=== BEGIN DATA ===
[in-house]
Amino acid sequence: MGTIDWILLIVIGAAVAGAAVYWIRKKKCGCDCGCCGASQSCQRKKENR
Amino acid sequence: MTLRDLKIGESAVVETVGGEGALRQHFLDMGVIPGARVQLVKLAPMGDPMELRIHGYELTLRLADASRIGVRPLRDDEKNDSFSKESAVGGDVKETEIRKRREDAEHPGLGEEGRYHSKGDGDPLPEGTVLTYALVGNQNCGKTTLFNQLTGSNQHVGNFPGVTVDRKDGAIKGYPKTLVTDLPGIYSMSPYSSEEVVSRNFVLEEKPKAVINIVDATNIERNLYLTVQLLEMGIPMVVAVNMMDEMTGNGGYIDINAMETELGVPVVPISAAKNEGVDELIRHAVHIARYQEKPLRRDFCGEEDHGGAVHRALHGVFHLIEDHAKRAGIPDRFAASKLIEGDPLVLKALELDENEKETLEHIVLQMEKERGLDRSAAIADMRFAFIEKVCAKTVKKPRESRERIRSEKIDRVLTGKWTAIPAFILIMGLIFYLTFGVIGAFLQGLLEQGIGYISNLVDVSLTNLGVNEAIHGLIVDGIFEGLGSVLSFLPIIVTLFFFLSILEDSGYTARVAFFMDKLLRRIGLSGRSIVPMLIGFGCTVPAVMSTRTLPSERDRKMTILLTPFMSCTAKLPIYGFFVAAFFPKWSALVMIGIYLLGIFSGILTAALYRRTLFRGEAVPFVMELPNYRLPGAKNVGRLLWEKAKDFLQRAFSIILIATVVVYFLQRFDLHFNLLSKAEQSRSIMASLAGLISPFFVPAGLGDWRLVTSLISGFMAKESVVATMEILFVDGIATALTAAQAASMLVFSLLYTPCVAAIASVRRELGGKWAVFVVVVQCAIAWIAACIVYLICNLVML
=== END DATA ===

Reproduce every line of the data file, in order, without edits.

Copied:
[in-house]
Amino acid sequence: MGTIDWILLIVIGAAVAGAAVYWIRKKKCGCDCGCCGASQSCQRKKENR
Amino acid sequence: MTLRDLKIGESAVVETVGGEGALRQHFLDMGVIPGARVQLVKLAPMGDPMELRIHGYELTLRLADASRIGVRPLRDDEKNDSFSKESAVGGDVKETEIRKRREDAEHPGLGEEGRYHSKGDGDPLPEGTVLTYALVGNQNCGKTTLFNQLTGSNQHVGNFPGVTVDRKDGAIKGYPKTLVTDLPGIYSMSPYSSEEVVSRNFVLEEKPKAVINIVDATNIERNLYLTVQLLEMGIPMVVAVNMMDEMTGNGGYIDINAMETELGVPVVPISAAKNEGVDELIRHAVHIARYQEKPLRRDFCGEEDHGGAVHRALHGVFHLIEDHAKRAGIPDRFAASKLIEGDPLVLKALELDENEKETLEHIVLQMEKERGLDRSAAIADMRFAFIEKVCAKTVKKPRESRERIRSEKIDRVLTGKWTAIPAFILIMGLIFYLTFGVIGAFLQGLLEQGIGYISNLVDVSLTNLGVNEAIHGLIVDGIFEGLGSVLSFLPIIVTLFFFLSILEDSGYTARVAFFMDKLLRRIGLSGRSIVPMLIGFGCTVPAVMSTRTLPSERDRKMTILLTPFMSCTAKLPIYGFFVAAFFPKWSALVMIGIYLLGIFSGILTAALYRRTLFRGEAVPFVMELPNYRLPGAKNVGRLLWEKAKDFLQRAFSIILIATVVVYFLQRFDLHFNLLSKAEQSRSIMASLAGLISPFFVPAGLGDWRLVTSLISGFMAKESVVATMEILFVDGIATALTAAQAASMLVFSLLYTPCVAAIASVRRELGGKWAVFVVVVQCAIAWIAACIVYLICNLVML